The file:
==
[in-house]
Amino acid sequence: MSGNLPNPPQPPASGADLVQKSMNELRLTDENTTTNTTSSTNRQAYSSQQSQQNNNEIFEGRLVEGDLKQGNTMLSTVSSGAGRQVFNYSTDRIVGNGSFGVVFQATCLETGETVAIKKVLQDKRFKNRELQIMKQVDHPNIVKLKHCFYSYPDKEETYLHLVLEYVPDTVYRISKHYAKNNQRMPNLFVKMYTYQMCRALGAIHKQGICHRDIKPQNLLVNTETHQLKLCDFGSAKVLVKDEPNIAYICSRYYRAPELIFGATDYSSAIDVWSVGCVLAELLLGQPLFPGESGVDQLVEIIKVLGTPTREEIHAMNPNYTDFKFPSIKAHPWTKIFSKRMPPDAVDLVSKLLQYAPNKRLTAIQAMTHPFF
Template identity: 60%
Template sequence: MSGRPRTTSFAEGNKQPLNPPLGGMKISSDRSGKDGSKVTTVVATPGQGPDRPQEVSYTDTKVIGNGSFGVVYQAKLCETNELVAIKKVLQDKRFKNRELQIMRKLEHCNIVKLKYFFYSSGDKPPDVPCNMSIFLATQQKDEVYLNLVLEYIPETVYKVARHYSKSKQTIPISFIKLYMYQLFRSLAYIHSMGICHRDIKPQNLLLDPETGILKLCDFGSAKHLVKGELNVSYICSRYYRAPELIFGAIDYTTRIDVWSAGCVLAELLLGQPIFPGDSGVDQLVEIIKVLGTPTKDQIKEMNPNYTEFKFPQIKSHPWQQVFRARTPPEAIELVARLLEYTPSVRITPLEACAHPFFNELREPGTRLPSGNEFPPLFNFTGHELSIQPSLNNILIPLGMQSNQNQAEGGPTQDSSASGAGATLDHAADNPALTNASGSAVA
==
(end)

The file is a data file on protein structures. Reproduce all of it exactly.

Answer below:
[in-house]
Amino acid sequence: MSGNLPNPPQPPASGADLVQKSMNELRLTDENTTTNTTSSTNRQAYSSQQSQQNNNEIFEGRLVEGDLKQGNTMLSTVSSGAGRQVFNYSTDRIVGNGSFGVVFQATCLETGETVAIKKVLQDKRFKNRELQIMKQVDHPNIVKLKHCFYSYPDKEETYLHLVLEYVPDTVYRISKHYAKNNQRMPNLFVKMYTYQMCRALGAIHKQGICHRDIKPQNLLVNTETHQLKLCDFGSAKVLVKDEPNIAYICSRYYRAPELIFGATDYSSAIDVWSVGCVLAELLLGQPLFPGESGVDQLVEIIKVLGTPTREEIHAMNPNYTDFKFPSIKAHPWTKIFSKRMPPDAVDLVSKLLQYAPNKRLTAIQAMTHPFF
Template identity: 60%
Template sequence: MSGRPRTTSFAEGNKQPLNPPLGGMKISSDRSGKDGSKVTTVVATPGQGPDRPQEVSYTDTKVIGNGSFGVVYQAKLCETNELVAIKKVLQDKRFKNRELQIMRKLEHCNIVKLKYFFYSSGDKPPDVPCNMSIFLATQQKDEVYLNLVLEYIPETVYKVARHYSKSKQTIPISFIKLYMYQLFRSLAYIHSMGICHRDIKPQNLLLDPETGILKLCDFGSAKHLVKGELNVSYICSRYYRAPELIFGAIDYTTRIDVWSAGCVLAELLLGQPIFPGDSGVDQLVEIIKVLGTPTKDQIKEMNPNYTEFKFPQIKSHPWQQVFRARTPPEAIELVARLLEYTPSVRITPLEACAHPFFNELREPGTRLPSGNEFPPLFNFTGHELSIQPSLNNILIPLGMQSNQNQAEGGPTQDSSASGAGATLDHAADNPALTNASGSAVA